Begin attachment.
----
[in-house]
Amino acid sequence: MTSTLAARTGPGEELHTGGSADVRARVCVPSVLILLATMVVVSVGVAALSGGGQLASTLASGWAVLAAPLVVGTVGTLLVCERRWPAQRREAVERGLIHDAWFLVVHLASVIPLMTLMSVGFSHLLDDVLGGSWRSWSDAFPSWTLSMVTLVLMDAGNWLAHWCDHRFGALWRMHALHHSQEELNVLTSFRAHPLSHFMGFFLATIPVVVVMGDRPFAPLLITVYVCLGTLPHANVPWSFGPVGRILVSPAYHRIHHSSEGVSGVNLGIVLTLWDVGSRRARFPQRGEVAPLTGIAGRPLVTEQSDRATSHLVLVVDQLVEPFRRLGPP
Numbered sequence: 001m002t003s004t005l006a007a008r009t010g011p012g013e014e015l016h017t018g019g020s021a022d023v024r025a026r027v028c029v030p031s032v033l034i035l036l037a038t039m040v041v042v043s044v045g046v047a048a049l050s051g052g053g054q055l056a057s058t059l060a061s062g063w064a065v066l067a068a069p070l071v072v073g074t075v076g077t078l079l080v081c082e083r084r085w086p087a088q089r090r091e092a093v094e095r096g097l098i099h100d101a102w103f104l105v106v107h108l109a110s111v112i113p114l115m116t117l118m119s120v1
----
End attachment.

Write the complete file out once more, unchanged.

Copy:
[in-house]
Amino acid sequence: MTSTLAARTGPGEELHTGGSADVRARVCVPSVLILLATMVVVSVGVAALSGGGQLASTLASGWAVLAAPLVVGTVGTLLVCERRWPAQRREAVERGLIHDAWFLVVHLASVIPLMTLMSVGFSHLLDDVLGGSWRSWSDAFPSWTLSMVTLVLMDAGNWLAHWCDHRFGALWRMHALHHSQEELNVLTSFRAHPLSHFMGFFLATIPVVVVMGDRPFAPLLITVYVCLGTLPHANVPWSFGPVGRILVSPAYHRIHHSSEGVSGVNLGIVLTLWDVGSRRARFPQRGEVAPLTGIAGRPLVTEQSDRATSHLVLVVDQLVEPFRRLGPP
Numbered sequence: 001m002t003s004t005l006a007a008r009t010g011p012g013e014e015l016h017t018g019g020s021a022d023v024r025a026r027v028c029v030p031s032v033l034i035l036l037a038t039m040v041v042v043s044v045g046v047a048a049l050s051g052g053g054q055l056a057s058t059l060a061s062g063w064a065v066l067a068a069p070l071v072v073g074t075v076g077t078l079l080v081c082e083r084r085w086p087a088q089r090r091e092a093v094e095r096g097l098i099h100d101a102w103f104l105v106v107h108l109a110s111v112i113p114l115m116t117l118m119s120v1